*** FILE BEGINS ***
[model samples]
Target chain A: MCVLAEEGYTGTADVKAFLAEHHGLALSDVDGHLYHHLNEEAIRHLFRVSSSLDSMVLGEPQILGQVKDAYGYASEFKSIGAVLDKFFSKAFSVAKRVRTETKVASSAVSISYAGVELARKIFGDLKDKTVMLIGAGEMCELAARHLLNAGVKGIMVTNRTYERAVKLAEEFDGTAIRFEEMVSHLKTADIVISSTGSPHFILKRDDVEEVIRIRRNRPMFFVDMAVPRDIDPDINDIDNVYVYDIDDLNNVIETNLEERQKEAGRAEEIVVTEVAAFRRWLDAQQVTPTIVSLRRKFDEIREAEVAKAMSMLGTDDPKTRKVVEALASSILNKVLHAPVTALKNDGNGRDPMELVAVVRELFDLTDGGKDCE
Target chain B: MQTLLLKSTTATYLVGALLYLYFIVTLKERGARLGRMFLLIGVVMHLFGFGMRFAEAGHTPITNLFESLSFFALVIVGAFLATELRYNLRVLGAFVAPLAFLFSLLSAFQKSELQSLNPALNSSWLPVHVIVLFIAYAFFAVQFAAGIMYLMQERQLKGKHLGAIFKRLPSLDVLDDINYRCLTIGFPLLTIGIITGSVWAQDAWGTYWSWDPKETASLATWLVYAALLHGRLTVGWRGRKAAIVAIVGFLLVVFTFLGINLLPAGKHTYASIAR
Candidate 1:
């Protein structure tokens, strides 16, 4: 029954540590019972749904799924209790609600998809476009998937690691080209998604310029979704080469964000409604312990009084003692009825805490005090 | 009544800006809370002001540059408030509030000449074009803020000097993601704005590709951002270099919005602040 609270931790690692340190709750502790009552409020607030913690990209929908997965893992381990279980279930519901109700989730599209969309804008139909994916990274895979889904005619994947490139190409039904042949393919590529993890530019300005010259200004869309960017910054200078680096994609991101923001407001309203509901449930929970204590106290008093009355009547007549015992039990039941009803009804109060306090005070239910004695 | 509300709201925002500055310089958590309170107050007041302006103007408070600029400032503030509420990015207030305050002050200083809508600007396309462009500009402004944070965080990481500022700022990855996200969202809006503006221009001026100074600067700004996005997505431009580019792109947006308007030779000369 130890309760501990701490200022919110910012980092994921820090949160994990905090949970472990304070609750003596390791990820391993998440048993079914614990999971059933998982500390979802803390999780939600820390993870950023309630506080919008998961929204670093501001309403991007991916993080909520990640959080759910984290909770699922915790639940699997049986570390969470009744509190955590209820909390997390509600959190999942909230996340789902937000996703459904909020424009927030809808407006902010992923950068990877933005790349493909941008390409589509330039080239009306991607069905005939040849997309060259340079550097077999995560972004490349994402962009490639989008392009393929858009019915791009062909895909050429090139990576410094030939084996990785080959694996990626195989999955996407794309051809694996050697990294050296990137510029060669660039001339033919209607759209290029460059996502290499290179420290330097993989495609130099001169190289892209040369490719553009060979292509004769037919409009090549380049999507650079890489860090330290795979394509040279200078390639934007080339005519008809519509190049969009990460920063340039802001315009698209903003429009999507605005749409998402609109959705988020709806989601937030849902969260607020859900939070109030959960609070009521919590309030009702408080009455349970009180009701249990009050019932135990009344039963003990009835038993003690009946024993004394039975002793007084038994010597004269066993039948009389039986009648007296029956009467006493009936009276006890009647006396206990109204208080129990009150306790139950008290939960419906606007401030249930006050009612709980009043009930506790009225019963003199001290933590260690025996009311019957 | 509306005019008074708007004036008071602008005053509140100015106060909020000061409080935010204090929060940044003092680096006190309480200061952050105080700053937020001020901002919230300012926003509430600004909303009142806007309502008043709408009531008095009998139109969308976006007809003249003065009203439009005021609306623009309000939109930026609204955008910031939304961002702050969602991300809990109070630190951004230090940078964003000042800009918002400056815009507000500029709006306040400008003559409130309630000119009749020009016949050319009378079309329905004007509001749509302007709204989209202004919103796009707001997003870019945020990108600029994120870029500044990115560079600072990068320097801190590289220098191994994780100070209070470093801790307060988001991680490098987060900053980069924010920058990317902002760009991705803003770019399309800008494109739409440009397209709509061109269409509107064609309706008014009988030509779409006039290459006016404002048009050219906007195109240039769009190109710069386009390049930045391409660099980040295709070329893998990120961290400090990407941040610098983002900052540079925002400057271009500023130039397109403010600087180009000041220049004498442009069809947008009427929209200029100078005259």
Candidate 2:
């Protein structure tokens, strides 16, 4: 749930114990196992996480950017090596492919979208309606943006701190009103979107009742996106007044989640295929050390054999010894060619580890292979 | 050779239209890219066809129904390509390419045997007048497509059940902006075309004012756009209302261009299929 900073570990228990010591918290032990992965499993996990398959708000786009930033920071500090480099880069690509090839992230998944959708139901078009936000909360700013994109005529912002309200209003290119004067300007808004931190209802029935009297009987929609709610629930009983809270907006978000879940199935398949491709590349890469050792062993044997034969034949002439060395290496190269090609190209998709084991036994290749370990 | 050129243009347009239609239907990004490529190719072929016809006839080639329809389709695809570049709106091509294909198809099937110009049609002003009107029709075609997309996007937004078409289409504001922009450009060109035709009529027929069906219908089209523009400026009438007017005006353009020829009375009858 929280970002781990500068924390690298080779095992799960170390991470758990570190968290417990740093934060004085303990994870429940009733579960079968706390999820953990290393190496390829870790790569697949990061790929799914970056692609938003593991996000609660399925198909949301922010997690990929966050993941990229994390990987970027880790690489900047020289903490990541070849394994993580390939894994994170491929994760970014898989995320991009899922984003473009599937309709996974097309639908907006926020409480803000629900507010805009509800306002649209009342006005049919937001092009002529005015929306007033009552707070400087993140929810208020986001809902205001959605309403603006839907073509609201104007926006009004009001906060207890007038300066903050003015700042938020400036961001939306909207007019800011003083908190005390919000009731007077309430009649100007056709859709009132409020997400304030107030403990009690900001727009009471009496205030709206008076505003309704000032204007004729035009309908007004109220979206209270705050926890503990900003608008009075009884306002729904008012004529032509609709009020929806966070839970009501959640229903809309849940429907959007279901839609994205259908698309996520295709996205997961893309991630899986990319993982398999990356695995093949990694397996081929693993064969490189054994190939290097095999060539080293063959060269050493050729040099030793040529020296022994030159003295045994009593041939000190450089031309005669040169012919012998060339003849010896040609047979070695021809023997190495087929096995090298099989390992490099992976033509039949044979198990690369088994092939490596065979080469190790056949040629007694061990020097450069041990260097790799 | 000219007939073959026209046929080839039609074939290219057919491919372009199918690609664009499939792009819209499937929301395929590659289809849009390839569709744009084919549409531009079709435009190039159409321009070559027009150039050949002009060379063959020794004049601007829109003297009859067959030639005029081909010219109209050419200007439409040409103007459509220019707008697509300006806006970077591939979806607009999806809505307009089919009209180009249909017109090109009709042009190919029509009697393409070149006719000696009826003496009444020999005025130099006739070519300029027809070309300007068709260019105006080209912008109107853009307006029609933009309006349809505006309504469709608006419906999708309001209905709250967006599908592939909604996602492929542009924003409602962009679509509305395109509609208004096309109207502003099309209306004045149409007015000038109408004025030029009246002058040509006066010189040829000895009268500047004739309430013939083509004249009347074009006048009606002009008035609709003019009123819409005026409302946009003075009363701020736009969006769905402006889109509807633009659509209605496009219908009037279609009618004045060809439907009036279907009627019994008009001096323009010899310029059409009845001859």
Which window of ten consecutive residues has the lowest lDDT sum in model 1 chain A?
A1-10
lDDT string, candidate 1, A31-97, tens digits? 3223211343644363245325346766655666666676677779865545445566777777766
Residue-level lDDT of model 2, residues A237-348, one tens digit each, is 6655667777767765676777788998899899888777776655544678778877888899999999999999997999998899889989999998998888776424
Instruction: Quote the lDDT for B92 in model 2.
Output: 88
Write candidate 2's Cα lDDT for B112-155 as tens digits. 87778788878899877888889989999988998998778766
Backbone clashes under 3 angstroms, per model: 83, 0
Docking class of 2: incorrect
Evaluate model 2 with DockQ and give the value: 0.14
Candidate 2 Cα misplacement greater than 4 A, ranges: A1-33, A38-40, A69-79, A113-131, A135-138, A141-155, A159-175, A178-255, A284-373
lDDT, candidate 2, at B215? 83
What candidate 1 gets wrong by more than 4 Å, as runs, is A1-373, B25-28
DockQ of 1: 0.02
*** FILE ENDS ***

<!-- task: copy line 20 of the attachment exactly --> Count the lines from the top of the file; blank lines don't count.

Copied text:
What candidate 1 gets wrong by more than 4 Å, as runs, is A1-373, B25-28